Individual bacterial cells have short memories. But groups of bacteria can develop a collective memory that can increase their tolerance to stress. This has been demonstrated experimentally for the first time in a study by Eawag and ETH Zurich scientists published in PNAS.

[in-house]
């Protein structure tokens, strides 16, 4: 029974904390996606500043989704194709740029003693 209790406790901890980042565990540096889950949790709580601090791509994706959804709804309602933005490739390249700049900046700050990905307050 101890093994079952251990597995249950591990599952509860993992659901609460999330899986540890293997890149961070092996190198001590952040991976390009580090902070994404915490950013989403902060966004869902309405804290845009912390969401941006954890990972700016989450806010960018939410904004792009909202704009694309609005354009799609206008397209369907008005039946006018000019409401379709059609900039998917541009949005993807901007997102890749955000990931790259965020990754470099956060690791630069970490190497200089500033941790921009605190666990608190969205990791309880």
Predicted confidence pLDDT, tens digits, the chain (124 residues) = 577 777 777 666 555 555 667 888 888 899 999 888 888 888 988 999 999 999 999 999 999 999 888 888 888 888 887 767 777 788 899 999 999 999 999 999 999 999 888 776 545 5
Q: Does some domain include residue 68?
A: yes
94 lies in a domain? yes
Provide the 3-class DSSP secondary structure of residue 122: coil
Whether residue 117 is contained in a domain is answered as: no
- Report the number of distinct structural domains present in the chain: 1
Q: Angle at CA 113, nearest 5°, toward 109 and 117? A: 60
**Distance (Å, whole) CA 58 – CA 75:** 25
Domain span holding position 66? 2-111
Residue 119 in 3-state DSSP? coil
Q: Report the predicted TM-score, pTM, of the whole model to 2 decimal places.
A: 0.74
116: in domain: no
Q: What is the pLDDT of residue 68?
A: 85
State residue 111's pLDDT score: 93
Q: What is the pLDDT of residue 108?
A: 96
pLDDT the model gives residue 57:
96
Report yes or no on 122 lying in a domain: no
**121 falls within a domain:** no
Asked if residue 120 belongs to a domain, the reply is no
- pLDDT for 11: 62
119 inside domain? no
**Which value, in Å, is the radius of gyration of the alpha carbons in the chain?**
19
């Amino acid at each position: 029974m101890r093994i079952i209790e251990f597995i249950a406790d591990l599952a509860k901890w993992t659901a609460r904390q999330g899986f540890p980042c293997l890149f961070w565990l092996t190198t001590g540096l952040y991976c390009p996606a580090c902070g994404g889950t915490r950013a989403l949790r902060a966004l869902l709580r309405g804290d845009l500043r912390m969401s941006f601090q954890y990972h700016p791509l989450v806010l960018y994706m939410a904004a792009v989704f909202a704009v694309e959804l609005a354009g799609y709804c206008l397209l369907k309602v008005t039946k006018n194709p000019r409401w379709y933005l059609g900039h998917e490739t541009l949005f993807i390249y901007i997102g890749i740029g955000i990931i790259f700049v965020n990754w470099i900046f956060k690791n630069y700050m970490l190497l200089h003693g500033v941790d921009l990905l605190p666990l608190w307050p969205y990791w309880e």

Bacteria exposed to a moderate concentration of salt survive subsequent exposure to a higher concentration better than if there is no warning event. In populations exposed to a warning event, survival rates upon a second exposure two hours after the warning are higher than in populations not previously exposed. Firstly, salt stress causes a delay in cell division, leading to synchronization of cell cycles; secondly, survival probability depends on the individual bacterial cell’s position in the cell cycle at the time of the second exposure.